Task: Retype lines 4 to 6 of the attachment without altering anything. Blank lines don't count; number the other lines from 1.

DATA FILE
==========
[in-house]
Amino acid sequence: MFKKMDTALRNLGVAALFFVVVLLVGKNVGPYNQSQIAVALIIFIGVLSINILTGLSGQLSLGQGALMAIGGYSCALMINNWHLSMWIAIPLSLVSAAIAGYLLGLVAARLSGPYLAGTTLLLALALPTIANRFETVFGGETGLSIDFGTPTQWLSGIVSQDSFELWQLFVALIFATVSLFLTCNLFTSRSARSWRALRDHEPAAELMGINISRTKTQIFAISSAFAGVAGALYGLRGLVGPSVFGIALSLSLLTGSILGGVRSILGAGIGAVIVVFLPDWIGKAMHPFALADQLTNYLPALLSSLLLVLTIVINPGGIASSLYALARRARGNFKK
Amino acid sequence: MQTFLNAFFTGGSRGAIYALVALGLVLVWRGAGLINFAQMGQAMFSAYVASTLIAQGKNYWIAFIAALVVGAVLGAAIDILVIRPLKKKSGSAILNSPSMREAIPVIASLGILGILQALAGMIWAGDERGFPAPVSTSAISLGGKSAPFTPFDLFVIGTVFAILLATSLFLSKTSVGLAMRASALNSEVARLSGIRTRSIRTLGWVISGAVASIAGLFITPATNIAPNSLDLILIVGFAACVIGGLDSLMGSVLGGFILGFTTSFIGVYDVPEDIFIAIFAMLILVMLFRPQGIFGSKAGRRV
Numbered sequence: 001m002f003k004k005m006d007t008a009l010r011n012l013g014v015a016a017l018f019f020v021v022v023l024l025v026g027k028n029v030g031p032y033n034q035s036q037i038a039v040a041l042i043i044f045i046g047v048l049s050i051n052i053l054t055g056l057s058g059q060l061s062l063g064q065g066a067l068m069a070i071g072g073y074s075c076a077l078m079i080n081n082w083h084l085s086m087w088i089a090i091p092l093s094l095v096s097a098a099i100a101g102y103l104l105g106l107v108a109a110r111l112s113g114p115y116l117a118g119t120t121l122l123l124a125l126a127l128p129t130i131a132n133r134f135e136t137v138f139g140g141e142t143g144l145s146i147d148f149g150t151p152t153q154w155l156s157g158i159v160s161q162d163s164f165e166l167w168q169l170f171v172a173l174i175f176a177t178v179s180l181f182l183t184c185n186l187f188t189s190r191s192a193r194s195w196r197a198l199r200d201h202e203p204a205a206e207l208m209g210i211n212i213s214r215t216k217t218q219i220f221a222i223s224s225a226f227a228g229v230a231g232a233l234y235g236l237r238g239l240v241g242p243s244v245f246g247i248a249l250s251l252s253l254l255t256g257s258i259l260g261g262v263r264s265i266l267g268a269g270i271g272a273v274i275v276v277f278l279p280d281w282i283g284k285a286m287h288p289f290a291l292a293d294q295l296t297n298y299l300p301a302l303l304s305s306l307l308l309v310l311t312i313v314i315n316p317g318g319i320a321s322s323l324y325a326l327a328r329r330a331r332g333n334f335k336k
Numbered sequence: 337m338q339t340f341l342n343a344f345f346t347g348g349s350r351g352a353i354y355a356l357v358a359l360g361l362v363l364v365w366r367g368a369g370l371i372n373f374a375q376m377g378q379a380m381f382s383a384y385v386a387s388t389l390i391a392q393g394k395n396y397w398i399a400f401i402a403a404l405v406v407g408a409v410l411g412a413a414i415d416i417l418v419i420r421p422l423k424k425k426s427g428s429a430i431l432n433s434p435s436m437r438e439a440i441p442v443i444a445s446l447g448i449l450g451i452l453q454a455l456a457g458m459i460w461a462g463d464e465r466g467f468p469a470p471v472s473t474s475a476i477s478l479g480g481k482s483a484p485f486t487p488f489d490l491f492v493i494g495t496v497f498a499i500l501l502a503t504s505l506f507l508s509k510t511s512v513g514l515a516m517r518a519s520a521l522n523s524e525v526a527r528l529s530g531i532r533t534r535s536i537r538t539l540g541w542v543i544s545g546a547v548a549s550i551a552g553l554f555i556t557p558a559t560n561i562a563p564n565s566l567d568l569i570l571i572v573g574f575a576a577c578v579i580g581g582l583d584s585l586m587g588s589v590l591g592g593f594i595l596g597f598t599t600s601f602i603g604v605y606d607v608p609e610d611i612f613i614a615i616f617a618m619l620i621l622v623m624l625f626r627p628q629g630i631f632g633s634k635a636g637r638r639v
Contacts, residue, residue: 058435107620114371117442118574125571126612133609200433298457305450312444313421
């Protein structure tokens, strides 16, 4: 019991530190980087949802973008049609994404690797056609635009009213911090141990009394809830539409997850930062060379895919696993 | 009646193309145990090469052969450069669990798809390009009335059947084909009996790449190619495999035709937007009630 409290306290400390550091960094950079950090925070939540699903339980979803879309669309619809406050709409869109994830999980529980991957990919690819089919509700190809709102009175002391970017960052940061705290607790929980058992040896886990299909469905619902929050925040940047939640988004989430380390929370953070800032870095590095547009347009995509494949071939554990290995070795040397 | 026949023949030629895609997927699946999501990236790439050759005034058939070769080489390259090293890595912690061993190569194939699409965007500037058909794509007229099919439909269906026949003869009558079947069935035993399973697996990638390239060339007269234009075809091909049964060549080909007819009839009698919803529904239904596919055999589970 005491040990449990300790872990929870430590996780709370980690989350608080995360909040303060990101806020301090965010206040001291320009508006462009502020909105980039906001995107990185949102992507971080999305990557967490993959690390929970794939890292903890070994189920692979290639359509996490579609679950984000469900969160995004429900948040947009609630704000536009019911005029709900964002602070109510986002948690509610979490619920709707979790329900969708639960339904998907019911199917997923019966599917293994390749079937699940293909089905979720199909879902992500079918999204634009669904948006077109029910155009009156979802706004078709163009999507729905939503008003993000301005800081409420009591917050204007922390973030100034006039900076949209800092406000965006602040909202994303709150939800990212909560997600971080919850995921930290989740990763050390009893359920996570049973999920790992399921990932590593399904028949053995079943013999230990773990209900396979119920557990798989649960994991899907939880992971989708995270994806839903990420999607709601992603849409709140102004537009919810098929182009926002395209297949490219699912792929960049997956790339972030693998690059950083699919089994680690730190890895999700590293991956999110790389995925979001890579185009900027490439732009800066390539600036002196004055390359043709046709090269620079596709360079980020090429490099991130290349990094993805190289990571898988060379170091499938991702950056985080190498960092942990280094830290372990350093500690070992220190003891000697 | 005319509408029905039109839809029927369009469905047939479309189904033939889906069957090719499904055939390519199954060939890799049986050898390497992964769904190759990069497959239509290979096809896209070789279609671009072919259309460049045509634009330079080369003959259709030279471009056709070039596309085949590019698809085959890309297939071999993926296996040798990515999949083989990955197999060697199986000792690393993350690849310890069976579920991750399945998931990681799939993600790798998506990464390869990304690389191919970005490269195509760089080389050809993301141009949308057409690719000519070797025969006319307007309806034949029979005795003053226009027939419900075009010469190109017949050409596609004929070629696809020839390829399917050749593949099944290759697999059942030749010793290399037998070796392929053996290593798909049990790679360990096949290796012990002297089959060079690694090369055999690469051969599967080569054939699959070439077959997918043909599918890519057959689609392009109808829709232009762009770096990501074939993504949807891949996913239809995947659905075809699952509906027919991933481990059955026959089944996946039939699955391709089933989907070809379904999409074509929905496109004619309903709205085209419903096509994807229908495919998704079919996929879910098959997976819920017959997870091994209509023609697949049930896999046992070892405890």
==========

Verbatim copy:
Numbered sequence: 001m002f003k004k005m006d007t008a009l010r011n012l013g014v015a016a017l018f019f020v021v022v023l024l025v026g027k028n029v030g031p032y033n034q035s036q037i038a039v040a041l042i043i044f045i046g047v048l049s050i051n052i053l054t055g056l057s058g059q060l061s062l063g064q065g066a067l068m069a070i071g072g073y074s075c076a077l078m079i080n081n082w083h084l085s086m087w088i089a090i091p092l093s094l095v096s097a098a099i100a101g102y103l104l105g106l107v108a109a110r111l112s113g114p115y116l117a118g119t120t121l122l123l124a125l126a127l128p129t130i131a132n133r134f135e136t137v138f139g140g141e142t143g144l145s146i147d148f149g150t151p152t153q154w155l156s157g158i159v160s161q162d163s164f165e166l167w168q169l170f171v172a173l174i175f176a177t178v179s180l181f182l183t184c185n186l187f188t189s190r191s192a193r194s195w196r197a198l199r200d201h202e203p204a205a206e207l208m209g210i211n212i213s214r215t216k217t218q219i220f221a222i223s224s225a226f227a228g229v230a231g232a233l234y235g236l237r238g239l240v241g242p243s244v245f246g247i248a249l250s251l252s253l254l255t256g257s258i259l260g261g262v263r264s265i266l267g268a269g270i271g272a273v274i275v276v277f278l279p280d281w282i283g284k285a286m287h288p289f290a291l292a293d294q295l296t297n298y299l300p301a302l303l304s305s306l307l308l309v310l311t312i313v314i315n316p317g318g319i320a321s322s323l324y325a326l327a328r329r330a331r332g333n334f335k336k
Numbered sequence: 337m338q339t340f341l342n343a344f345f346t347g348g349s350r351g352a353i354y355a356l357v358a359l360g361l362v363l364v365w366r367g368a369g370l371i372n373f374a375q376m377g378q379a380m381f382s383a384y385v386a387s388t389l390i391a392q393g394k395n396y397w398i399a400f401i402a403a404l405v406v407g408a409v410l411g412a413a414i415d416i417l418v419i420r421p422l423k424k425k426s427g428s429a430i431l432n433s434p435s436m437r438e439a440i441p442v443i444a445s446l447g448i449l450g451i452l453q454a455l456a457g458m459i460w461a462g463d464e465r466g467f468p469a470p471v472s473t474s475a476i477s478l479g480g481k482s483a484p485f486t487p488f489d490l491f492v493i494g495t496v497f498a499i500l501l502a503t504s505l506f507l508s509k510t511s512v513g514l515a516m517r518a519s520a521l522n523s524e525v526a527r528l529s530g531i532r533t534r535s536i537r538t539l540g541w542v543i544s545g546a547v548a549s550i551a552g553l554f555i556t557p558a559t560n561i562a563p564n565s566l567d568l569i570l571i572v573g574f575a576a577c578v579i580g581g582l583d584s585l586m587g588s589v590l591g592g593f594i595l596g597f598t599t600s601f602i603g604v605y606d607v608p609e610d611i612f613i614a615i616f617a618m619l620i621l622v623m624l625f626r627p628q629g630i631f632g633s634k635a636g637r638r639v
Contacts, residue, residue: 058435107620114371117442118574125571126612133609200433298457305450312444313421